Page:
Tue | Jan 26, 2021

The other guys - Officials of less popular local sports weigh in on Olympics postponement

Published:Saturday | March 28, 2020 | 12:00 AMDaniel Wheeler/Gleaner Writer
Members of Shotokan Karate Jamaica perform a demonstration for the audience at the Embassy of Japan’s Japan Day held at the Jamaica Pegasus hotel on Sunday, February 2, 2020. Karate is one of the sporting disciplines where the nation is interested in fielding athletes for the Tokyo Olympics.

The postponement of the Tokyo Olympics has pushed back the ambitions of sports with lesser profiles in Jamaica looking to break through on the international stage. However, some sporting associations are taking a more optimistic view of the current situation.

After pushback from athletes and countries, the International Olympic Committee, in a joint statement with the local organising committee confirmed the decision to put off the games until the summer of 2021 on Tuesday, as a result of the Coronavirus pandemic. Jamaica is targeting Olympic berths in disciplines such as rugby, karate, judo, wrestling, and badminton. Rowing and skateboarding, believe that they see unexpected advantages in the current climate.

Jamaica Rowing Federation general secretary Robert Scott says that he is not dismayed by the postponement as the extra year provides a chance for representative Shahiede Patterson to gain more experience, as well as the opportunity for another entrant to compete.

Opportunity to adjust

“What this does is it affords us the opportunity to adjust the training programme for Mr Patterson,” Scott said. “As far as we are concerned this is advantageous for Jamaica in rowing because he still has less than the seven years’ experience that the typical rower will have. So this will allow him to gain one more year’s maturity under his belt, an opportunity for him to strengthen and someone we had in the wings may also be engaged to train for the programme.”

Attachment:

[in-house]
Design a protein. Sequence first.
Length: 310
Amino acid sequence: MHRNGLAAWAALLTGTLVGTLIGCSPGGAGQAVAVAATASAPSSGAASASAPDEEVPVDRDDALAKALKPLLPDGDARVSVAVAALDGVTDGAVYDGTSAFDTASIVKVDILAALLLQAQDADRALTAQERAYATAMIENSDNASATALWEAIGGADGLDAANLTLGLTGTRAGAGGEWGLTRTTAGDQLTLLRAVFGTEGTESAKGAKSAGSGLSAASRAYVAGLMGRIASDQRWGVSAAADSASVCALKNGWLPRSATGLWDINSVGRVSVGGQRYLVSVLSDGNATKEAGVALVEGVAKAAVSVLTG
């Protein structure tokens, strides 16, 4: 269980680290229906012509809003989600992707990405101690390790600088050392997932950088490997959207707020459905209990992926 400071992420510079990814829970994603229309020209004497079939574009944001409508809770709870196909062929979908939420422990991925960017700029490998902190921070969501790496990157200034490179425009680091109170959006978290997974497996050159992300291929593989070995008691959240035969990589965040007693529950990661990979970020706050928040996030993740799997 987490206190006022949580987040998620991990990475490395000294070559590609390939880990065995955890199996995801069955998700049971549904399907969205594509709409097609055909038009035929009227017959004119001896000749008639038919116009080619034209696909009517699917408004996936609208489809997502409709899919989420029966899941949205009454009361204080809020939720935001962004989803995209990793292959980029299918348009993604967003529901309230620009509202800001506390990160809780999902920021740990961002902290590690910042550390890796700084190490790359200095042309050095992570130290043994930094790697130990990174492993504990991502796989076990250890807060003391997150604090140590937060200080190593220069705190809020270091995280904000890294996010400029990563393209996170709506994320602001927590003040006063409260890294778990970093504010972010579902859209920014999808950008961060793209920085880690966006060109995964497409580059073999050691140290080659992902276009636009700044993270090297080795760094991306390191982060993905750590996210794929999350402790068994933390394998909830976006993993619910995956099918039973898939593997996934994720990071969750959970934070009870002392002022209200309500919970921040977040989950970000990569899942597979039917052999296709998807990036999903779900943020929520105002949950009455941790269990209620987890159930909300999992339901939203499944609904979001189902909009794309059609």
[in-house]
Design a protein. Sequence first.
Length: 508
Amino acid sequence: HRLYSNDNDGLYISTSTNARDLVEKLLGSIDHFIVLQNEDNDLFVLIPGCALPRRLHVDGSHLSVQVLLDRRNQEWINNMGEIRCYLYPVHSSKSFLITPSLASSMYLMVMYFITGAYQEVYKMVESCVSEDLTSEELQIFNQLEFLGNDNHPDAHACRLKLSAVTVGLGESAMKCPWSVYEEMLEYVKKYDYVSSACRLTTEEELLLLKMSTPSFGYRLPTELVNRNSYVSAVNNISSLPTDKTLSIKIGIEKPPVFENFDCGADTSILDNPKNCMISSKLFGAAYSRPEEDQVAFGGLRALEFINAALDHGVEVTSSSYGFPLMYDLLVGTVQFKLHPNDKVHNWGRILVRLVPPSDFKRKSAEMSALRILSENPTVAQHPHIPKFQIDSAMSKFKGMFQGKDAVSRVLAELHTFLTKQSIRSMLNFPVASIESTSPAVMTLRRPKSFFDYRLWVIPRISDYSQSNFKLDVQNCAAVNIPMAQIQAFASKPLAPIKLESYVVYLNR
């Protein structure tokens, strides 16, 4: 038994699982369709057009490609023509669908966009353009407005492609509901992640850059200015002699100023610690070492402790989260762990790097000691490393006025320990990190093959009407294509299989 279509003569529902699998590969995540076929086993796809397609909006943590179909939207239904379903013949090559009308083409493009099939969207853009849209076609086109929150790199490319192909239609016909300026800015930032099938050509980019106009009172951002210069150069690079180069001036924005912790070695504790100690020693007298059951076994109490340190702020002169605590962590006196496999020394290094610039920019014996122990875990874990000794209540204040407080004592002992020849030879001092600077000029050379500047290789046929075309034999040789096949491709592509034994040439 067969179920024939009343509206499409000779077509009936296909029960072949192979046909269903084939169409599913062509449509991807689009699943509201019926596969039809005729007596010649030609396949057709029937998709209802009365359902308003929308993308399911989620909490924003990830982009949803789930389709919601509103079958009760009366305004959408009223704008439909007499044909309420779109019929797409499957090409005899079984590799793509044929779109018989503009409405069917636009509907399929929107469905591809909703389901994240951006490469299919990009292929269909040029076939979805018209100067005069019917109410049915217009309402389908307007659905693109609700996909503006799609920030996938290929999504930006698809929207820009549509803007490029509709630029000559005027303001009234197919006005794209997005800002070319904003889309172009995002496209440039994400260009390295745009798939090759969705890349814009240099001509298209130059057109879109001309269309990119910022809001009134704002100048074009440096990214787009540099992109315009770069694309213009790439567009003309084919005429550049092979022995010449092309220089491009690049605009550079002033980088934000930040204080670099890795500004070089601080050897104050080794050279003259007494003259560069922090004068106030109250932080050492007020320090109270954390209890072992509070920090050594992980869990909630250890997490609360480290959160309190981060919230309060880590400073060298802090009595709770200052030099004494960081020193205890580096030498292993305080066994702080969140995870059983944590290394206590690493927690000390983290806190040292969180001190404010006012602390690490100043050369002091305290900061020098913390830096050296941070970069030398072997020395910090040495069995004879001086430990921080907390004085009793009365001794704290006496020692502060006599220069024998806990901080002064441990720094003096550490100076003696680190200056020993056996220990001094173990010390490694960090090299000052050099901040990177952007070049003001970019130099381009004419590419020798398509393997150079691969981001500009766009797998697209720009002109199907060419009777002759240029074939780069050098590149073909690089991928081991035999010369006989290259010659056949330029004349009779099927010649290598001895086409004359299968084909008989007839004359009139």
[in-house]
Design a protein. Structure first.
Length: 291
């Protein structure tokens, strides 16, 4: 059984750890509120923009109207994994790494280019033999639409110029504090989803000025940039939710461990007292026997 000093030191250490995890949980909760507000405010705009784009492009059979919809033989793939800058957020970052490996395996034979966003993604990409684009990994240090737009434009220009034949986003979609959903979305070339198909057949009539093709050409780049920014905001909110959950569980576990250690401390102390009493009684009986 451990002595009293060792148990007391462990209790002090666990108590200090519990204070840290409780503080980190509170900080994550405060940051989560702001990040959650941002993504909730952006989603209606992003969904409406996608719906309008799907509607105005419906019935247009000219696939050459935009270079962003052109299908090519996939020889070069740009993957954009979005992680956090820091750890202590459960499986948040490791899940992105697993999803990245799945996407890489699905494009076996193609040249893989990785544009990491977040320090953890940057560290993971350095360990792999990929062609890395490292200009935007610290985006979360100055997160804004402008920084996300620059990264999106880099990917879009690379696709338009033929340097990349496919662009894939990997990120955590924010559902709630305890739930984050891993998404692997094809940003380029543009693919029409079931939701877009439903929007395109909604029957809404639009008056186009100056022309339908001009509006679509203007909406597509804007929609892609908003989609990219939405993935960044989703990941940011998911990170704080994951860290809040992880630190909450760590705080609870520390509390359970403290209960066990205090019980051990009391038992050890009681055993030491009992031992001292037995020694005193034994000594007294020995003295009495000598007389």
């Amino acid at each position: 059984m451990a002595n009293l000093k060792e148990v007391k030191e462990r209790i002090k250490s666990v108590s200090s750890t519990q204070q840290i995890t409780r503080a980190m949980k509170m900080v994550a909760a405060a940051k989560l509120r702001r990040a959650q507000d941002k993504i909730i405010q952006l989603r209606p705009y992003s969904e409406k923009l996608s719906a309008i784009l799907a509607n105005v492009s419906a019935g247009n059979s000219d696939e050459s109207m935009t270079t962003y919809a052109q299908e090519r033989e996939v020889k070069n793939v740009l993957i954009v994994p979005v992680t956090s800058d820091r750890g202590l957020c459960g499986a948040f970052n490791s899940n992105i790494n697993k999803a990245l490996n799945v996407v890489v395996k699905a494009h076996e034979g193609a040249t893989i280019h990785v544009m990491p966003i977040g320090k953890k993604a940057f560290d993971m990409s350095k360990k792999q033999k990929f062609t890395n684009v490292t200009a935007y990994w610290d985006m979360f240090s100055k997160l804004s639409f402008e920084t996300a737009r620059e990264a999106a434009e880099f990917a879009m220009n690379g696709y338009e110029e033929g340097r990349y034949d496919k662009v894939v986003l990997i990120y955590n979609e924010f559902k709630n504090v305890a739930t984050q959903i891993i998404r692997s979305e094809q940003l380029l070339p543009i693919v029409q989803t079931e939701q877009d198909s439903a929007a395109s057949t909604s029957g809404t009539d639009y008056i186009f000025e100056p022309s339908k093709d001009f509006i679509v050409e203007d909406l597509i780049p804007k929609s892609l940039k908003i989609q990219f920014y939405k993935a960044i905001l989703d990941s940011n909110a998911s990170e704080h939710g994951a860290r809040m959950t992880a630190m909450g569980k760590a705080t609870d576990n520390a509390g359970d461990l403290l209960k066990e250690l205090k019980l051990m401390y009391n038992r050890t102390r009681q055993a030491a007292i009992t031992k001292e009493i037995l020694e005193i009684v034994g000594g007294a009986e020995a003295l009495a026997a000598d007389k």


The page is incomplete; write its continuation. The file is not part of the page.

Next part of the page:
Skateboarding, which was added to the Games’ portfolio recently, is another discipline Jamaica has shown interest in recently. Tafari Whitter, Andre Beverley and Jafin Garvey are the three representatives vying for qualification. While Jamaica Skateboarding Federation president Ryan Foster is of the same view that the delay extends the training opportunities for the athletes who are based in the United States, he thinks that it allows more time for recruitment and to give the sport more exposure locally.

“From a time standpoint, it would have given our athletes more time to prepare, but will all that is happening in the world, there is no where that they can actually train because all are residents in the United States, which is now under quarantine in terms of the skate parks,” Foster said. “However, it does give us an opportunity to look at other athletes other than the three that are now in contention to participate in the Olympics.”

While the details of the rescheduled qualifiers are still to be determined, Jamaica Olympic Association president Christopher Samuda has re-emphasised his support to the various federations.

“Whatever commitments we have made in respect of the Olympics to the associations will be [honoured],” he said.